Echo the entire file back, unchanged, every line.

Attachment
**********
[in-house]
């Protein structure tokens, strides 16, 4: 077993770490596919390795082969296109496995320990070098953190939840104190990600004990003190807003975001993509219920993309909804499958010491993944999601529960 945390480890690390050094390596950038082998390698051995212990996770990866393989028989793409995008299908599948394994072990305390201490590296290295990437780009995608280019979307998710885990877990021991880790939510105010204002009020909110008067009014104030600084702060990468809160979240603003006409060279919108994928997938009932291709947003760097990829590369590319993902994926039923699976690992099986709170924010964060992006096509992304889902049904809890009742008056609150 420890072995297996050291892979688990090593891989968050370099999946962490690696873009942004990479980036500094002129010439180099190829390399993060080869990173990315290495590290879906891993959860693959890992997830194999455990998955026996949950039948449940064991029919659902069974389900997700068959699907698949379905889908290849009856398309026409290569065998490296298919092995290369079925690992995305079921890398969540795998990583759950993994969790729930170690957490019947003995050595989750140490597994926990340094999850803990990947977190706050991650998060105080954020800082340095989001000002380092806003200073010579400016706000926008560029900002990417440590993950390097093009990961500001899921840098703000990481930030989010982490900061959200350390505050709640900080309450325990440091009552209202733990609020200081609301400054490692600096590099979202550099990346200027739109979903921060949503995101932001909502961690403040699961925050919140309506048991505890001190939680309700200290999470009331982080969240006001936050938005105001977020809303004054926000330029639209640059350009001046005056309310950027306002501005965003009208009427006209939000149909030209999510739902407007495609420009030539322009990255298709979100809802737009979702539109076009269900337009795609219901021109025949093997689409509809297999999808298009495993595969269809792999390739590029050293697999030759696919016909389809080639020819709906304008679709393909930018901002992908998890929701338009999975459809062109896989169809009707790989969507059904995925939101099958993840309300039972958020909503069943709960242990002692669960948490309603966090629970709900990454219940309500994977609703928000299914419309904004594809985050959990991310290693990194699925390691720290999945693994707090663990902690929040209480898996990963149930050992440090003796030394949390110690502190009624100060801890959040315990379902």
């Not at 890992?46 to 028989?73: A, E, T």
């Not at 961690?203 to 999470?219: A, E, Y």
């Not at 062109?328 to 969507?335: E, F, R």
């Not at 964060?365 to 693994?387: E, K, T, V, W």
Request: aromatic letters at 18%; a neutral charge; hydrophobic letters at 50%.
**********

[in-house]
């Protein structure tokens, strides 16, 4: 077993770490596919390795082969296109496995320990070098953190939840104190990600004990003190807003975001993509219920993309909804499958010491993944999601529960 945390480890690390050094390596950038082998390698051995212990996770990866393989028989793409995008299908599948394994072990305390201490590296290295990437780009995608280019979307998710885990877990021991880790939510105010204002009020909110008067009014104030600084702060990468809160979240603003006409060279919108994928997938009932291709947003760097990829590369590319993902994926039923699976690992099986709170924010964060992006096509992304889902049904809890009742008056609150 420890072995297996050291892979688990090593891989968050370099999946962490690696873009942004990479980036500094002129010439180099190829390399993060080869990173990315290495590290879906891993959860693959890992997830194999455990998955026996949950039948449940064991029919659902069974389900997700068959699907698949379905889908290849009856398309026409290569065998490296298919092995290369079925690992995305079921890398969540795998990583759950993994969790729930170690957490019947003995050595989750140490597994926990340094999850803990990947977190706050991650998060105080954020800082340095989001000002380092806003200073010579400016706000926008560029900002990417440590993950390097093009990961500001899921840098703000990481930030989010982490900061959200350390505050709640900080309450325990440091009552209202733990609020200081609301400054490692600096590099979202550099990346200027739109979903921060949503995101932001909502961690403040699961925050919140309506048991505890001190939680309700200290999470009331982080969240006001936050938005105001977020809303004054926000330029639209640059350009001046005056309310950027306002501005965003009208009427006209939000149909030209999510739902407007495609420009030539322009990255298709979100809802737009979702539109076009269900337009795609219901021109025949093997689409509809297999999808298009495993595969269809792999390739590029050293697999030759696919016909389809080639020819709906304008679709393909930018901002992908998890929701338009999975459809062109896989169809009707790989969507059904995925939101099958993840309300039972958020909503069943709960242990002692669960948490309603966090629970709900990454219940309500994977609703928000299914419309904004594809985050959990991310290693990194699925390691720290999945693994707090663990902690929040209480898996990963149930050992440090003796030394949390110690502190009624100060801890959040315990379902």
């Not at 890992?46 to 028989?73: A, E, T």
């Not at 961690?203 to 999470?219: A, E, Y």
């Not at 062109?328 to 969507?335: E, F, R």
């Not at 964060?365 to 693994?387: E, K, T, V, W």
Request: aromatic letters at 18%; a neutral charge; hydrophobic letters at 50%.